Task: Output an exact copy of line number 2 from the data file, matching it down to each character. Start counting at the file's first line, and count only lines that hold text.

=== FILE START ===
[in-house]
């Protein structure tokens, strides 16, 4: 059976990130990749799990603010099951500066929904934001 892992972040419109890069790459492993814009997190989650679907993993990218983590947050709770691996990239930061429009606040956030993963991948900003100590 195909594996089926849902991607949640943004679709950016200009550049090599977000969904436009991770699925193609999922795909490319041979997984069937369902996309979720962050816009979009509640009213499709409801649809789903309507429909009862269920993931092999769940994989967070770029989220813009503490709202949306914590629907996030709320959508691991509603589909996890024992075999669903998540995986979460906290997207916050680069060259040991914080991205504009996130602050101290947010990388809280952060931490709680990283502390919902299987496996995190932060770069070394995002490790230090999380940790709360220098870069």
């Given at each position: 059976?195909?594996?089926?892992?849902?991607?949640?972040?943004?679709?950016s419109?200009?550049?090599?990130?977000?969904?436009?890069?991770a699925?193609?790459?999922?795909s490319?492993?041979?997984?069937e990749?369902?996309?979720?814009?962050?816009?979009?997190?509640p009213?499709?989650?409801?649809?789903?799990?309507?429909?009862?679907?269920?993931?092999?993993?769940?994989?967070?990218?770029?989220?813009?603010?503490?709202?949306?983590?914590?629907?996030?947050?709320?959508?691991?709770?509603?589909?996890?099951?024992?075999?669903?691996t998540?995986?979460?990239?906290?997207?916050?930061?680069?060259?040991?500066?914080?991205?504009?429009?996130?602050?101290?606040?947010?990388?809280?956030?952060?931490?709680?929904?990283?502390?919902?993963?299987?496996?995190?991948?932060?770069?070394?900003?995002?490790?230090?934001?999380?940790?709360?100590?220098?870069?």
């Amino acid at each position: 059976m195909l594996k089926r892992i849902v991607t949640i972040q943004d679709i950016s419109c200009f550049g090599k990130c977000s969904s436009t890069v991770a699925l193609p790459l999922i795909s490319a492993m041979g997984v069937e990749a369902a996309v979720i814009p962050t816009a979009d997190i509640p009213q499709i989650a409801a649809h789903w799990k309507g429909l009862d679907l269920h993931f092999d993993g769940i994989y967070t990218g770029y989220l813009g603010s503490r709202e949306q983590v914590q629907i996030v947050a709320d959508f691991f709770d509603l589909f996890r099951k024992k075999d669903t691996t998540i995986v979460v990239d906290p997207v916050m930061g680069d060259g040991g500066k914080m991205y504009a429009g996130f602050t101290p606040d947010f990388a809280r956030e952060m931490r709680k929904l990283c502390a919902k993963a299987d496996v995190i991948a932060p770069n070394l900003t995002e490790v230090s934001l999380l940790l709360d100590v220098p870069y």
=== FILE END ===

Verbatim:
């Protein structure tokens, strides 16, 4: 059976990130990749799990603010099951500066929904934001 892992972040419109890069790459492993814009997190989650679907993993990218983590947050709770691996990239930061429009606040956030993963991948900003100590 195909594996089926849902991607949640943004679709950016200009550049090599977000969904436009991770699925193609999922795909490319041979997984069937369902996309979720962050816009979009509640009213499709409801649809789903309507429909009862269920993931092999769940994989967070770029989220813009503490709202949306914590629907996030709320959508691991509603589909996890024992075999669903998540995986979460906290997207916050680069060259040991914080991205504009996130602050101290947010990388809280952060931490709680990283502390919902299987496996995190932060770069070394995002490790230090999380940790709360220098870069």